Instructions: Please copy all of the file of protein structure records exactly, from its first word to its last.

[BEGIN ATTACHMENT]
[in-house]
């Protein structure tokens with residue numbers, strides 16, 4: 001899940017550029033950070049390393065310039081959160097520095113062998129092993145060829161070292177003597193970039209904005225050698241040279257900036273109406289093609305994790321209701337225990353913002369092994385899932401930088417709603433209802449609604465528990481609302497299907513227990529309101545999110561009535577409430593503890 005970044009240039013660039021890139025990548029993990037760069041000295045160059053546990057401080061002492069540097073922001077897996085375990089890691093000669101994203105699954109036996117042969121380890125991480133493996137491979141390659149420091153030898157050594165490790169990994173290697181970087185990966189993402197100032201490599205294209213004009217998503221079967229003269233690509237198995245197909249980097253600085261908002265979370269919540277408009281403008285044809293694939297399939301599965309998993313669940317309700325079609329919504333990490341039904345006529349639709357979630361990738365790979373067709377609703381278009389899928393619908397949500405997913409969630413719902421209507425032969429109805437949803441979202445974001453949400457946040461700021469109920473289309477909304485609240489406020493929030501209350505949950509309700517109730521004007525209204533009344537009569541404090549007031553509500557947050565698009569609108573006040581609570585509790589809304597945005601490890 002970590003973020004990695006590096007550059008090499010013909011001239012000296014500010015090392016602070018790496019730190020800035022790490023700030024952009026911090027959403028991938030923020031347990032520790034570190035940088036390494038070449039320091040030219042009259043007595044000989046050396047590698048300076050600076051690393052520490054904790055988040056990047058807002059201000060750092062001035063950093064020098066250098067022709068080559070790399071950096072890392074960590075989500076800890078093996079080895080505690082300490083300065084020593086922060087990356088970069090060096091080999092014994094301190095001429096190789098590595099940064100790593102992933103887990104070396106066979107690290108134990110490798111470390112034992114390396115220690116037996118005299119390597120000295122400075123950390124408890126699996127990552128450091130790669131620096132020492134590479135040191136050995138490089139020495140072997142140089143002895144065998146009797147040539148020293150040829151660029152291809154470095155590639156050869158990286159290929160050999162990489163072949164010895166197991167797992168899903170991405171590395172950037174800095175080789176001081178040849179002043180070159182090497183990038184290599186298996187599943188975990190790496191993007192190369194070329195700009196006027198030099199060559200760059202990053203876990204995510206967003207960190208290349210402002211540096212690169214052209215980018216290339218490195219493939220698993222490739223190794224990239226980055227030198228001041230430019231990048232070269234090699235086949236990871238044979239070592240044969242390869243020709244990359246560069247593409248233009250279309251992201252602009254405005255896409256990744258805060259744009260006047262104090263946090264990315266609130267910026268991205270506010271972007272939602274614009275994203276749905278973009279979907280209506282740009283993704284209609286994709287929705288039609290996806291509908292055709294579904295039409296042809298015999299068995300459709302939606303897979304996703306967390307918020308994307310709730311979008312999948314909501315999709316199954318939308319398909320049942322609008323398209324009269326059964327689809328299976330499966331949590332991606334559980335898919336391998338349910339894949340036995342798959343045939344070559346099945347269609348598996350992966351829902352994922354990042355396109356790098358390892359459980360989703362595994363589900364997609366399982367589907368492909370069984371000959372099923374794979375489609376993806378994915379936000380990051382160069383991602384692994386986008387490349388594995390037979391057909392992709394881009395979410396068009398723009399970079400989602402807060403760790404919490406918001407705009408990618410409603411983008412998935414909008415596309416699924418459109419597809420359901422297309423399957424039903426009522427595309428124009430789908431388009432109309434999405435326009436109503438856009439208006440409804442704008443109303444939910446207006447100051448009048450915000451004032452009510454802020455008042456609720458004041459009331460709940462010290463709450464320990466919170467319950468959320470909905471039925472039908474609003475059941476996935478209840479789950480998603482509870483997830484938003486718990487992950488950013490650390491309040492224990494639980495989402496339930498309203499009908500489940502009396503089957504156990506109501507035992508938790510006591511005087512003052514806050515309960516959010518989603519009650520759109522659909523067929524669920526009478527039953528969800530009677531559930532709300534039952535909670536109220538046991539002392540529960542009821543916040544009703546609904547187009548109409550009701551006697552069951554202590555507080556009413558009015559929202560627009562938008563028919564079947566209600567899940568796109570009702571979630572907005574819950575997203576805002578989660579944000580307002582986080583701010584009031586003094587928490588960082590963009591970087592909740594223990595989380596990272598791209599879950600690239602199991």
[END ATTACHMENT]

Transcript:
[in-house]
């Protein structure tokens with residue numbers, strides 16, 4: 001899940017550029033950070049390393065310039081959160097520095113062998129092993145060829161070292177003597193970039209904005225050698241040279257900036273109406289093609305994790321209701337225990353913002369092994385899932401930088417709603433209802449609604465528990481609302497299907513227990529309101545999110561009535577409430593503890 005970044009240039013660039021890139025990548029993990037760069041000295045160059053546990057401080061002492069540097073922001077897996085375990089890691093000669101994203105699954109036996117042969121380890125991480133493996137491979141390659149420091153030898157050594165490790169990994173290697181970087185990966189993402197100032201490599205294209213004009217998503221079967229003269233690509237198995245197909249980097253600085261908002265979370269919540277408009281403008285044809293694939297399939301599965309998993313669940317309700325079609329919504333990490341039904345006529349639709357979630361990738365790979373067709377609703381278009389899928393619908397949500405997913409969630413719902421209507425032969429109805437949803441979202445974001453949400457946040461700021469109920473289309477909304485609240489406020493929030501209350505949950509309700517109730521004007525209204533009344537009569541404090549007031553509500557947050565698009569609108573006040581609570585509790589809304597945005601490890 002970590003973020004990695006590096007550059008090499010013909011001239012000296014500010015090392016602070018790496019730190020800035022790490023700030024952009026911090027959403028991938030923020031347990032520790034570190035940088036390494038070449039320091040030219042009259043007595044000989046050396047590698048300076050600076051690393052520490054904790055988040056990047058807002059201000060750092062001035063950093064020098066250098067022709068080559070790399071950096072890392074960590075989500076800890078093996079080895080505690082300490083300065084020593086922060087990356088970069090060096091080999092014994094301190095001429096190789098590595099940064100790593102992933103887990104070396106066979107690290108134990110490798111470390112034992114390396115220690116037996118005299119390597120000295122400075123950390124408890126699996127990552128450091130790669131620096132020492134590479135040191136050995138490089139020495140072997142140089143002895144065998146009797147040539148020293150040829151660029152291809154470095155590639156050869158990286159290929160050999162990489163072949164010895166197991167797992168899903170991405171590395172950037174800095175080789176001081178040849179002043180070159182090497183990038184290599186298996187599943188975990190790496191993007192190369194070329195700009196006027198030099199060559200760059202990053203876990204995510206967003207960190208290349210402002211540096212690169214052209215980018216290339218490195219493939220698993222490739223190794224990239226980055227030198228001041230430019231990048232070269234090699235086949236990871238044979239070592240044969242390869243020709244990359246560069247593409248233009250279309251992201252602009254405005255896409256990744258805060259744009260006047262104090263946090264990315266609130267910026268991205270506010271972007272939602274614009275994203276749905278973009279979907280209506282740009283993704284209609286994709287929705288039609290996806291509908292055709294579904295039409296042809298015999299068995300459709302939606303897979304996703306967390307918020308994307310709730311979008312999948314909501315999709316199954318939308319398909320049942322609008323398209324009269326059964327689809328299976330499966331949590332991606334559980335898919336391998338349910339894949340036995342798959343045939344070559346099945347269609348598996350992966351829902352994922354990042355396109356790098358390892359459980360989703362595994363589900364997609366399982367589907368492909370069984371000959372099923374794979375489609376993806378994915379936000380990051382160069383991602384692994386986008387490349388594995390037979391057909392992709394881009395979410396068009398723009399970079400989602402807060403760790404919490406918001407705009408990618410409603411983008412998935414909008415596309416699924418459109419597809420359901422297309423399957424039903426009522427595309428124009430789908431388009432109309434999405435326009436109503438856009439208006440409804442704008443109303444939910446207006447100051448009048450915000451004032452009510454802020455008042456609720458004041459009331460709940462010290463709450464320990466919170467319950468959320470909905471039925472039908474609003475059941476996935478209840479789950480998603482509870483997830484938003486718990487992950488950013490650390491309040492224990494639980495989402496339930498309203499009908500489940502009396503089957504156990506109501507035992508938790510006591511005087512003052514806050515309960516959010518989603519009650520759109522659909523067929524669920526009478527039953528969800530009677531559930532709300534039952535909670536109220538046991539002392540529960542009821543916040544009703546609904547187009548109409550009701551006697552069951554202590555507080556009413558009015559929202560627009562938008563028919564079947566209600567899940568796109570009702571979630572907005574819950575997203576805002578989660579944000580307002582986080583701010584009031586003094587928490588960082590963009591970087592909740594223990595989380596990272598791209599879950600690239602199991």